This road trip’s payoff doesn’t come from the Publishers Clearing House
In his films, Alexander Payne has shown a strong predilection for men somewhere north of their prime, still adrift and looking for grounding. The roots of which took hold with “About Schmidt” (2002), got whacky and whiney with “Sideways” (2004) and then moved out onto the island of Hawaii with a more dour tone in “The Descendants” (2011). Payne’s latest, “Nebraska” may be the ultimate in mature male malfunction and, in a sweet elegiacal way, ties back to “Schmidt” as its protagonist, Woody Grant, played by a game Bruce Dern now nearing eighty, has a dry, fly-away comb-over reminiscent of Jack Nicholson’s hair-challenged Schmidt and ironically, in both films, those men’s wives were played by the same actress, June Squibb, who practically upends and nearly steals “Nebraska” as it sails into the third act.
The setup’s fairly rudimentary with the aging Woody insistent on getting from his home in Billings, Montana to the state of the film’s title because he’s received a note informing him he’s won a million dollars. One honestly can’t claim to be an America if they haven’t gotten one of those Publisher Clearing House sweepstakes hooks in the mail. Common sense says it’s fodder for the oval file, but Woody, frail and vacant, seems a bit around the bend faculty wise. Whether it’s depression, too much sauce over the years or (and the film never floats it as a possibility, though it would have gone the furthest in selling the rhyme behind Woody’s inept quest) dementia, we never really know, we just know that Woody’s unsettled and unwavering in his Husker state mission. And, despite some ardent familial persuasion, he won’t call it or mail it in, it’s got to be in person and nothing will change his mind. He also can’t drive, which creates a short term dilemma, until his forty-year-old son, David (former Saturday Night Live cast member Will Forte) stuck in a dead end job at a Best Buy knock-off and recently dumped by his Reuben-esque girlfriend, agrees to take on the road trip duties, which he passively sees as an opportunity to take stock and a chance to give his dad a sense of closure.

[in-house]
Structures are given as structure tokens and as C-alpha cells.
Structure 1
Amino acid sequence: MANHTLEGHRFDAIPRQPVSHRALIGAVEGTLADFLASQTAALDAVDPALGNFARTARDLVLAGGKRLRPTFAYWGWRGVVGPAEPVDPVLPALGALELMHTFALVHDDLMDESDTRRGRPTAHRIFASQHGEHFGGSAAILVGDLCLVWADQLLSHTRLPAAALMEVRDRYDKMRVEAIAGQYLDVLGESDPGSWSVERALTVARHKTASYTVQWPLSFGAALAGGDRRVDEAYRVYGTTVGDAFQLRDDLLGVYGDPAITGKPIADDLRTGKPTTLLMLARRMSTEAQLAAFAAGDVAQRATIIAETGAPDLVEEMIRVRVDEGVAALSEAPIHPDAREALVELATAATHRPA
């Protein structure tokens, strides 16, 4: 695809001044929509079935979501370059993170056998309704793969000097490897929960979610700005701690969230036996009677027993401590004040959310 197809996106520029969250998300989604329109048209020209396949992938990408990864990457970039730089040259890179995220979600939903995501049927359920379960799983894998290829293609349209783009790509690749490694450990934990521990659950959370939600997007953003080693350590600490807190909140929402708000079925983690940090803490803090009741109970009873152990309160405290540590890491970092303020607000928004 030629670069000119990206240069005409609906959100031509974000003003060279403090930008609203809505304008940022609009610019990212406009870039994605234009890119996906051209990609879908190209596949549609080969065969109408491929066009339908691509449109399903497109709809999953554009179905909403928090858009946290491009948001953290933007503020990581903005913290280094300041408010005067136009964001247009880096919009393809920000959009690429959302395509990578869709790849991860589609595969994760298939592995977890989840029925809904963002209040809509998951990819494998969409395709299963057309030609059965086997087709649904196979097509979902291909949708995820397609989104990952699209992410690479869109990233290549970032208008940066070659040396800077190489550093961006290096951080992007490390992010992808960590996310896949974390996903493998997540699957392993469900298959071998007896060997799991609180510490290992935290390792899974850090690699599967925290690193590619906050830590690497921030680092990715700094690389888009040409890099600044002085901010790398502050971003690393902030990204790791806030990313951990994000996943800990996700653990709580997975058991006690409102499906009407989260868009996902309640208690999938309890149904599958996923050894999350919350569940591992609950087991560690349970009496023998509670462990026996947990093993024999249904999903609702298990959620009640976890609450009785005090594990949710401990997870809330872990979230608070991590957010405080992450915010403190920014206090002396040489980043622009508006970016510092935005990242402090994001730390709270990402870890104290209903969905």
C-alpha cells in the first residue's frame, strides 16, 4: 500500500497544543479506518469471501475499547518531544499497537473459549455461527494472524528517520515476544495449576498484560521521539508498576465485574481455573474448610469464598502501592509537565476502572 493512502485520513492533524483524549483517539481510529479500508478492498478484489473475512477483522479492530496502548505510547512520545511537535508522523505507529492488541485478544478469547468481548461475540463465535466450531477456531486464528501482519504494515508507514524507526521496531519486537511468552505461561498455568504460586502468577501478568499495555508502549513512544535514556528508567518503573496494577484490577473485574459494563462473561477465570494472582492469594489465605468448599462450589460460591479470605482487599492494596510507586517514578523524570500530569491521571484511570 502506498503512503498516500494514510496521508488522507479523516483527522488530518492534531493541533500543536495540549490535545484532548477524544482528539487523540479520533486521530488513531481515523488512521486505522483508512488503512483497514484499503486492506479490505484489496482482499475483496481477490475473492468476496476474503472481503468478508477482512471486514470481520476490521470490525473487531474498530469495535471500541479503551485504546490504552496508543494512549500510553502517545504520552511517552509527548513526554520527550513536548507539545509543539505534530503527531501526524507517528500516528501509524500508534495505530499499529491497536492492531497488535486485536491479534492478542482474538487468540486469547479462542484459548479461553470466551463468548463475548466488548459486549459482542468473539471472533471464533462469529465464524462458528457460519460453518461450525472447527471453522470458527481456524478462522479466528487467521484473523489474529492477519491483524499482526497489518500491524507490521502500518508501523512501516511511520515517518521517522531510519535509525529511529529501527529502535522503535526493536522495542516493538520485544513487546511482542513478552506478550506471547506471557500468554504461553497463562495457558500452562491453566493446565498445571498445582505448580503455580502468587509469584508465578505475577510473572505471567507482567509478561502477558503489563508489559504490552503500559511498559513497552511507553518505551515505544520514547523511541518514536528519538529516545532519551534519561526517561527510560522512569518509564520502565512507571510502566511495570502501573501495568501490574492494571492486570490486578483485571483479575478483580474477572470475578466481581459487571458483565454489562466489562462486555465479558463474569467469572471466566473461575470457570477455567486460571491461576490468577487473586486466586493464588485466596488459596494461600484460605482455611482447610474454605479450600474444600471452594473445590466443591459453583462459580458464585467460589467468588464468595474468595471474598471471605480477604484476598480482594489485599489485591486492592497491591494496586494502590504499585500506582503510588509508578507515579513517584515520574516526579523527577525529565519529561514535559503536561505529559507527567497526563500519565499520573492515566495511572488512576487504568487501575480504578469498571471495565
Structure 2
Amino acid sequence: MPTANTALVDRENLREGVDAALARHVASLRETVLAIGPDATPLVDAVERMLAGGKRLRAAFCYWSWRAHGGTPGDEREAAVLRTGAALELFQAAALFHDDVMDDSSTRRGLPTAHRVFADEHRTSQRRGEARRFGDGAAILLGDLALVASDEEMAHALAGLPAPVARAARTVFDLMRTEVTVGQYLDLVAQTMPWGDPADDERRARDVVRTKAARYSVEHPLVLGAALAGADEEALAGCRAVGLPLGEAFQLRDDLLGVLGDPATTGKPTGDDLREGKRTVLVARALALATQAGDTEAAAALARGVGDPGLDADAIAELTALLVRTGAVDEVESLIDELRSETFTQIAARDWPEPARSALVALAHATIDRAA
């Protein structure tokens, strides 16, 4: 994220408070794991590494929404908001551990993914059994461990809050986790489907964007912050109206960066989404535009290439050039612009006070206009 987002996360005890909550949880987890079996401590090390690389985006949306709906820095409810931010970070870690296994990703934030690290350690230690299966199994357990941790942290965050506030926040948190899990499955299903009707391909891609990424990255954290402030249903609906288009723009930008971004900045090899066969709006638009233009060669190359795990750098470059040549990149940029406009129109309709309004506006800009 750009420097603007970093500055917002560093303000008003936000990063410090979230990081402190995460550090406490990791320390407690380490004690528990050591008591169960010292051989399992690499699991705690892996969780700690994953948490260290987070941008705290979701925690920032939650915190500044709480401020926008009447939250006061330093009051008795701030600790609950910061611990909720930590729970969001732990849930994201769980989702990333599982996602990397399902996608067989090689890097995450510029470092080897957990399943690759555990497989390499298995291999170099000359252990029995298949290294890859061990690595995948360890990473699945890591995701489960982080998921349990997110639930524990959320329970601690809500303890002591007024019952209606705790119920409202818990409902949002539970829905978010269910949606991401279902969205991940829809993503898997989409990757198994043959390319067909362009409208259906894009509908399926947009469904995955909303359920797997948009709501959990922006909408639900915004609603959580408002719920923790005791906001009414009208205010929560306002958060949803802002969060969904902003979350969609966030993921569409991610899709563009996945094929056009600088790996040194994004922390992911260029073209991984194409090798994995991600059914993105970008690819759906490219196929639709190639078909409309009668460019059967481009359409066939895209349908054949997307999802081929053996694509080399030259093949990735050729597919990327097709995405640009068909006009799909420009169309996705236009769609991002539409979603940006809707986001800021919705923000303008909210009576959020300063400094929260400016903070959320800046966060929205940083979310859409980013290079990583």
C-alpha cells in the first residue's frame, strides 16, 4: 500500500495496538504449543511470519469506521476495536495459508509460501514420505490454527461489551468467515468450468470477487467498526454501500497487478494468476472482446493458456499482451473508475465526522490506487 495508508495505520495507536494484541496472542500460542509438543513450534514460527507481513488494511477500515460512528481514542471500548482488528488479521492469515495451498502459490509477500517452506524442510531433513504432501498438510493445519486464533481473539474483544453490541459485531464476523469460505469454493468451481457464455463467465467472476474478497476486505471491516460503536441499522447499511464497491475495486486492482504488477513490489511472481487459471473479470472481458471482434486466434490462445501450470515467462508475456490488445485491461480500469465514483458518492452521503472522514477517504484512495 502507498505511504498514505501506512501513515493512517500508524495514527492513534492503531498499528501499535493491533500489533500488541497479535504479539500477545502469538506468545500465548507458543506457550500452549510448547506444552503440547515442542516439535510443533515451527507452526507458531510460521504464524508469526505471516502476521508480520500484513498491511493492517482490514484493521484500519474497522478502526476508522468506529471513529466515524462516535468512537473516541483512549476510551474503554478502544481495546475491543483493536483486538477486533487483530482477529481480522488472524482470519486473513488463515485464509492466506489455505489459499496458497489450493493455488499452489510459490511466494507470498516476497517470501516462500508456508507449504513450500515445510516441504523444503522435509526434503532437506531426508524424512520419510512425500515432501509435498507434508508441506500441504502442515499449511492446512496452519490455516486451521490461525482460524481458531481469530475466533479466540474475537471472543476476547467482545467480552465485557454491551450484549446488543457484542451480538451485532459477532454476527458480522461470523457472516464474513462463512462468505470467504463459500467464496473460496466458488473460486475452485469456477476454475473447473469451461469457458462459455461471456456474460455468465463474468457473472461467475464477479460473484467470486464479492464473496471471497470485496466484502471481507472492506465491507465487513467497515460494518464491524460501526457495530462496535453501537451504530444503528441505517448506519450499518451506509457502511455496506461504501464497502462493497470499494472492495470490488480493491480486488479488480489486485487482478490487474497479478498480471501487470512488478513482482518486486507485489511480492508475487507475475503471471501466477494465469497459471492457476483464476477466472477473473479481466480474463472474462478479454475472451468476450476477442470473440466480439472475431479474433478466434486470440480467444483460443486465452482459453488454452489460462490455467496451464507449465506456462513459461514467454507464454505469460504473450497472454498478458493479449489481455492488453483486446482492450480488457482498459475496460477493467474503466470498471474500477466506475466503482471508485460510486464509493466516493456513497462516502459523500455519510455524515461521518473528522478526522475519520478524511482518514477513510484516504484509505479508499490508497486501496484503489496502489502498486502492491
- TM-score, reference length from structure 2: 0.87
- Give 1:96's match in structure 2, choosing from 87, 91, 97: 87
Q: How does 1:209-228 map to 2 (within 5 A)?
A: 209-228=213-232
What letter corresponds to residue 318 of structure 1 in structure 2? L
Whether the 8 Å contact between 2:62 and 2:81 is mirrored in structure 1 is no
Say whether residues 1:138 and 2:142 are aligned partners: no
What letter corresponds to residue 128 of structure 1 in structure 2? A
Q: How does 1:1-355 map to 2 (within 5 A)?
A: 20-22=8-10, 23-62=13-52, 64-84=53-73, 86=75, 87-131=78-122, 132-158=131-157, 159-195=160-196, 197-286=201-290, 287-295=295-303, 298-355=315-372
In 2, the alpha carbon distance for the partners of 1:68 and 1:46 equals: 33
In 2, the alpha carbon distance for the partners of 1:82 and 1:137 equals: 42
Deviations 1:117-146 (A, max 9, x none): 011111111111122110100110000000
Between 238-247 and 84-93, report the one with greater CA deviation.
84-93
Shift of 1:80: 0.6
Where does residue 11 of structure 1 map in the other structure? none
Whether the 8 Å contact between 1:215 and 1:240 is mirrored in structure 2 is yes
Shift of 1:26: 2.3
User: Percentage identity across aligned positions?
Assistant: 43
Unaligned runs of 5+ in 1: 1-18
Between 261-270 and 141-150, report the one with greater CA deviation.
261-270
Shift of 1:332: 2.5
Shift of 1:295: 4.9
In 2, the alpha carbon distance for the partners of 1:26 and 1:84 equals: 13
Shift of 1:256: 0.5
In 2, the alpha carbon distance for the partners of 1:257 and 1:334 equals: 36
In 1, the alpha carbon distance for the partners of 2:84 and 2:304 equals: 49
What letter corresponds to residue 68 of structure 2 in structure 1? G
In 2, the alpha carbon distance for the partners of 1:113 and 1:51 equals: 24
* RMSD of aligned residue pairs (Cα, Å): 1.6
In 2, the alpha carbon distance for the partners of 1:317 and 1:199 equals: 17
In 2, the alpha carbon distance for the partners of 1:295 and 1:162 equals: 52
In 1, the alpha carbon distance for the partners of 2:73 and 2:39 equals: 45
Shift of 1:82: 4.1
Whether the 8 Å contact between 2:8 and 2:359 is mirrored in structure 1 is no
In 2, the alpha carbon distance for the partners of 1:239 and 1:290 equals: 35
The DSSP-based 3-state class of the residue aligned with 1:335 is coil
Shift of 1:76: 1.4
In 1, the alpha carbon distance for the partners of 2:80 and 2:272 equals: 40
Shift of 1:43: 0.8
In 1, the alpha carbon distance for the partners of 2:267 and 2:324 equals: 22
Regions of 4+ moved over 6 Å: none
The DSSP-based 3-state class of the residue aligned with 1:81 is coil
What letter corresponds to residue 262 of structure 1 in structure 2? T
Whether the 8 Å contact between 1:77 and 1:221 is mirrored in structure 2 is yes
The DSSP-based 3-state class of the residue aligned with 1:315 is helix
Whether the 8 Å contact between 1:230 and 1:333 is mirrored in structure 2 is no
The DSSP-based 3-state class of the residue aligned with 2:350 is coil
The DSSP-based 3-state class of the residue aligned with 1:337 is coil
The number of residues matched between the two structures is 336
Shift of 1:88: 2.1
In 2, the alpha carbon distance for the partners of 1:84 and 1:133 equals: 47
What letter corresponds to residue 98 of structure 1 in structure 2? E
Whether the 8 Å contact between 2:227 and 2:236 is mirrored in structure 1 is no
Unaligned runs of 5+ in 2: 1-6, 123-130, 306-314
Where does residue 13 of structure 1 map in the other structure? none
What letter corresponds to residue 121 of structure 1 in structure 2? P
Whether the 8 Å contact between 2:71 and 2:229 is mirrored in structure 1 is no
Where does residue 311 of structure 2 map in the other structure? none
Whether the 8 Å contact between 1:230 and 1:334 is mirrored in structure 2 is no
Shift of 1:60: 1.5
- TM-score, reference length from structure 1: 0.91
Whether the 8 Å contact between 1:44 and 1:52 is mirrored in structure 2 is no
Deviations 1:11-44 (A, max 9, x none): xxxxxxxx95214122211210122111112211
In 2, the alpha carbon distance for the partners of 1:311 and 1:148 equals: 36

It’s also during the predictable brouhaha preceding their departure, that we learn what we need to about Woody as the family prattles on about his shortcomings with him within earshot as if he weren’t there–the gist of which being, that Woody was never a present or good family man and drank too much (and still does).
The road provides a bit of respite, even calm, with father and son bonding moments within reach, until a bar brawl derails them and, against Woody’s wishes, they make a side excursion to Woody’s old hometown (the fictitious township of Hawthorne, Nebraska), where the streets have a depressed1950s sheen and Woody’s tangential kin are little more than couch potato rubes. Adding to the none-too-friendly homecoming, Stacy Keach slithers in as Woody’s sleazy old auto shop partner and news of Woody’s winning becomes front page fodder. The steady simmer brings unhappy revelations into focus, and just as push comes to shove, the rest of Woody’s Montana clan rolls in and, in an ironic twist, the now notorious prize letter garners epic interest.
The film, written by Bob Nelson, obviously holds personal, if not autobiographical, appeal for Payne, who grew up in Omaha (allegedly Payne had been trying to get “Nebraska” done for much of the past decade). His choice to shoot the un-nostalgic going home in muted black and white is a bold one that starkly captures the grim graininess of the struggling mid-west while reflecting Woody’s wayward cognizance and dimming light.
At the fore, Dern’s gaunt frame holds up the film even though the role is fairly two-note. More is asked of Forte in the thankless bit of being the rational son caught up in a nonsensical senior moment, while his former SNL compatriot, Bob Odenkirk, fills out the juicier part of the cantankerous older brother and aspiring news anchor. He’s from the Ron Burgundy school of tele-journalism, sans the humor.
What Dern, Forte and Payne have notched is a quiet accomplishment. The lot have made an American asshole sympathetic. Part of that’s done by surrounding Woody with even deeper steeped miscreants (Hawthorne teems with them), but the real heart to “Nebraska” is David’s beholding sense of family obligation and the universal conundrums that confront individuals struggling with aging parents. He’s the real hero of the film, the one who, in his wishy-washy way, puts himself out there for others. Whether it’s Billings, Hawthorne or Boston, it’s always nice to know someone’s got your back
Published in Cambridge Day and Charleston City Paper